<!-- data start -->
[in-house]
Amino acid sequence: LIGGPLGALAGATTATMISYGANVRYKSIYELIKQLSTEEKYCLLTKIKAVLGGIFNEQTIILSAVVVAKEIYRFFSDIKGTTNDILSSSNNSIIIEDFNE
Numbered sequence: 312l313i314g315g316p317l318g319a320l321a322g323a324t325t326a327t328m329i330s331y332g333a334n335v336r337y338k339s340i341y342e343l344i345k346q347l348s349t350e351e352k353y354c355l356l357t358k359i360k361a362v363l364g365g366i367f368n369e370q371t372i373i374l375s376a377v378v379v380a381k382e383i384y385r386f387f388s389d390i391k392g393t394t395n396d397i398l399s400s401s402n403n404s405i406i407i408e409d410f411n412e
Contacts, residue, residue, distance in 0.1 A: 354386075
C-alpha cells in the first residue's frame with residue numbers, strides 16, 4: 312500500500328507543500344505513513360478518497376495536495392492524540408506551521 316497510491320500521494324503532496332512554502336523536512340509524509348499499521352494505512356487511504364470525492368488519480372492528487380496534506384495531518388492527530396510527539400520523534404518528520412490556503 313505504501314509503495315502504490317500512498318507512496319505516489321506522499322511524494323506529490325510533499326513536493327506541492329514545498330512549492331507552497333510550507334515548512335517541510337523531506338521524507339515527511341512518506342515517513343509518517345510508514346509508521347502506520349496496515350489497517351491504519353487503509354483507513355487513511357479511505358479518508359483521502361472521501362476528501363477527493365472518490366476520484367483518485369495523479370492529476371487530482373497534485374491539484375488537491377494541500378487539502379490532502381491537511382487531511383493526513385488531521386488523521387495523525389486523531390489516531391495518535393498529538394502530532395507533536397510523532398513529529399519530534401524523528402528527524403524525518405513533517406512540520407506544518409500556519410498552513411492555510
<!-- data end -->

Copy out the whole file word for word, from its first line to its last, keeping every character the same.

[in-house]
Amino acid sequence: LIGGPLGALAGATTATMISYGANVRYKSIYELIKQLSTEEKYCLLTKIKAVLGGIFNEQTIILSAVVVAKEIYRFFSDIKGTTNDILSSSNNSIIIEDFNE
Numbered sequence: 312l313i314g315g316p317l318g319a320l321a322g323a324t325t326a327t328m329i330s331y332g333a334n335v336r337y338k339s340i341y342e343l344i345k346q347l348s349t350e351e352k353y354c355l356l357t358k359i360k361a362v363l364g365g366i367f368n369e370q371t372i373i374l375s376a377v378v379v380a381k382e383i384y385r386f387f388s389d390i391k392g393t394t395n396d397i398l399s400s401s402n403n404s405i406i407i408e409d410f411n412e
Contacts, residue, residue, distance in 0.1 A: 354386075
C-alpha cells in the first residue's frame with residue numbers, strides 16, 4: 312500500500328507543500344505513513360478518497376495536495392492524540408506551521 316497510491320500521494324503532496332512554502336523536512340509524509348499499521352494505512356487511504364470525492368488519480372492528487380496534506384495531518388492527530396510527539400520523534404518528520412490556503 313505504501314509503495315502504490317500512498318507512496319505516489321506522499322511524494323506529490325510533499326513536493327506541492329514545498330512549492331507552497333510550507334515548512335517541510337523531506338521524507339515527511341512518506342515517513343509518517345510508514346509508521347502506520349496496515350489497517351491504519353487503509354483507513355487513511357479511505358479518508359483521502361472521501362476528501363477527493365472518490366476520484367483518485369495523479370492529476371487530482373497534485374491539484375488537491377494541500378487539502379490532502381491537511382487531511383493526513385488531521386488523521387495523525389486523531390489516531391495518535393498529538394502530532395507533536397510523532398513529529399519530534401524523528402528527524403524525518405513533517406512540520407506544518409500556519410498552513411492555510